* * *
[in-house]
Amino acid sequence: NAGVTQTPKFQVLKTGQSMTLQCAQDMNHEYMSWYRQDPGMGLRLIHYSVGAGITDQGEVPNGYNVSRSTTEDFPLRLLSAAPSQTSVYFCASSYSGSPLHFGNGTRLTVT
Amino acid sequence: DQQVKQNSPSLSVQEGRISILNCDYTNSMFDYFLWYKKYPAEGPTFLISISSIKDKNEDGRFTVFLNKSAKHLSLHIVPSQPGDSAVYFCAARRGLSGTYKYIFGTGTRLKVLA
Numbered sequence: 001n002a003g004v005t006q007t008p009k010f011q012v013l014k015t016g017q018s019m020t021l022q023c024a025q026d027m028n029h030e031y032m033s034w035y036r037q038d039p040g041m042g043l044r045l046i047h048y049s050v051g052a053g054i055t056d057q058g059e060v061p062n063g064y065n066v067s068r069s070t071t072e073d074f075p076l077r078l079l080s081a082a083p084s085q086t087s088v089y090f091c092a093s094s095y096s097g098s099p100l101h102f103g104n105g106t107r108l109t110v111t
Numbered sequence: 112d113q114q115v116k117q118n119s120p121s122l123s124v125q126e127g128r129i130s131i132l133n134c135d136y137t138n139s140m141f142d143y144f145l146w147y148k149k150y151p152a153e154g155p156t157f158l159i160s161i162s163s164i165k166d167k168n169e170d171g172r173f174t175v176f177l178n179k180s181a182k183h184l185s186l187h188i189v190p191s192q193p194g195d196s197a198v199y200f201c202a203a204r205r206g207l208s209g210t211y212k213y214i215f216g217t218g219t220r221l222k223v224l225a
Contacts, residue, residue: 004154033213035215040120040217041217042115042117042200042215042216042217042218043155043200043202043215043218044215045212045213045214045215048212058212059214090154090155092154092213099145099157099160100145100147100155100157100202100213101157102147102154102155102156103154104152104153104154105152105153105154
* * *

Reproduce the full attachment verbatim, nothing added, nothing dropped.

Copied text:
[in-house]
Amino acid sequence: NAGVTQTPKFQVLKTGQSMTLQCAQDMNHEYMSWYRQDPGMGLRLIHYSVGAGITDQGEVPNGYNVSRSTTEDFPLRLLSAAPSQTSVYFCASSYSGSPLHFGNGTRLTVT
Amino acid sequence: DQQVKQNSPSLSVQEGRISILNCDYTNSMFDYFLWYKKYPAEGPTFLISISSIKDKNEDGRFTVFLNKSAKHLSLHIVPSQPGDSAVYFCAARRGLSGTYKYIFGTGTRLKVLA
Numbered sequence: 001n002a003g004v005t006q007t008p009k010f011q012v013l014k015t016g017q018s019m020t021l022q023c024a025q026d027m028n029h030e031y032m033s034w035y036r037q038d039p040g041m042g043l044r045l046i047h048y049s050v051g052a053g054i055t056d057q058g059e060v061p062n063g064y065n066v067s068r069s070t071t072e073d074f075p076l077r078l079l080s081a082a083p084s085q086t087s088v089y090f091c092a093s094s095y096s097g098s099p100l101h102f103g104n105g106t107r108l109t110v111t
Numbered sequence: 112d113q114q115v116k117q118n119s120p121s122l123s124v125q126e127g128r129i130s131i132l133n134c135d136y137t138n139s140m141f142d143y144f145l146w147y148k149k150y151p152a153e154g155p156t157f158l159i160s161i162s163s164i165k166d167k168n169e170d171g172r173f174t175v176f177l178n179k180s181a182k183h184l185s186l187h188i189v190p191s192q193p194g195d196s197a198v199y200f201c202a203a204r205r206g207l208s209g210t211y212k213y214i215f216g217t218g219t220r221l222k223v224l225a
Contacts, residue, residue: 004154033213035215040120040217041217042115042117042200042215042216042217042218043155043200043202043215043218044215045212045213045214045215048212058212059214090154090155092154092213099145099157099160100145100147100155100157100202100213101157102147102154102155102156103154104152104153104154105152105153105154